1. By Philadelphia: Amends the NFL’s On-Field Policy to allow clubs to have an alternate helmet in a color to match their third uniform.

2. By Competition Committee: Permits a club to negotiate and reach an agreement with a head coach candidate during the postseason prior to the conclusion of the employer club’s season.

3. By Competition Committee: Permits a contract or non-contract non-football employee to interview with and be hired by another club during the playing season, provided the employer club has consented.

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Goodell wants to cut five minutes of down time from NFL games

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NFL Commissioner Roger Goodell thinks the league can make games about five minutes shorter without eliminating anything fans will miss.

Goodell said on NFL Network that he believes some of the league’s ideas for cutting delays during the game can reduce the length of game from last year’s average of three hours and seven minutes to an average more like three hours and two minutes.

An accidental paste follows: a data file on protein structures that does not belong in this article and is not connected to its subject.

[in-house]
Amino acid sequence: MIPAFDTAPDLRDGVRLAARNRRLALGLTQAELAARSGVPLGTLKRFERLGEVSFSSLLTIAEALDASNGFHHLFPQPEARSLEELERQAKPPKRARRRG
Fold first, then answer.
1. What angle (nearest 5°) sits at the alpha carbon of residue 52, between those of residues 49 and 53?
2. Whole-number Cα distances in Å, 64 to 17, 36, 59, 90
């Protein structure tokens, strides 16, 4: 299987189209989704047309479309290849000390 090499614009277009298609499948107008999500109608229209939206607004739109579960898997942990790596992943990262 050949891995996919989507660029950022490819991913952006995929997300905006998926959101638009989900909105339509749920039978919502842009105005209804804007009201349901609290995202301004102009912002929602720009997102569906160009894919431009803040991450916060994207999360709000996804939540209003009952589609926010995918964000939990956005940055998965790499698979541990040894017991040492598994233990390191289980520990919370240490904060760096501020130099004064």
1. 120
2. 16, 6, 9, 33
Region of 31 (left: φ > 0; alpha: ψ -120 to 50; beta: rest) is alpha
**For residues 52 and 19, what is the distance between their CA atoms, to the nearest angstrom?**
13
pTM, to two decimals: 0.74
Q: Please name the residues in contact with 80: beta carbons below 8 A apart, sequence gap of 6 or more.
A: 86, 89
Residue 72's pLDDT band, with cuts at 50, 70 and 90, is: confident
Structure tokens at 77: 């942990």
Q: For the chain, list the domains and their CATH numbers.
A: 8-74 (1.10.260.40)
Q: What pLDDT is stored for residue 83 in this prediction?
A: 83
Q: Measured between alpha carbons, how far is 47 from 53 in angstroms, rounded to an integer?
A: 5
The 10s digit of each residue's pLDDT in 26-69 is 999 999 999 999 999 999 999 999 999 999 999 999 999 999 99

“We were 3:07 and change this year,” he said. “We think we probably can get probably close to five minutes of down time out of the game, so that would get somewhere in the 3:02 range.”

Goodell said he worries that if the league doesn’t eliminate down time, fans will decide to turn games off.

“There’s a lot of wasted time in there,” Goodell said. “You don’t want to give them an excuse to step out and do something else.”

Some of the NFL’s ideas include fewer commercial breaks (though not fewer commercials, as each break will now be one commercial longer), speeding up replay reviews and moving more quickly between touchdowns, extra points and kickoffs.

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Robert Kraft thanks Mexican, American authorities for finding jerseys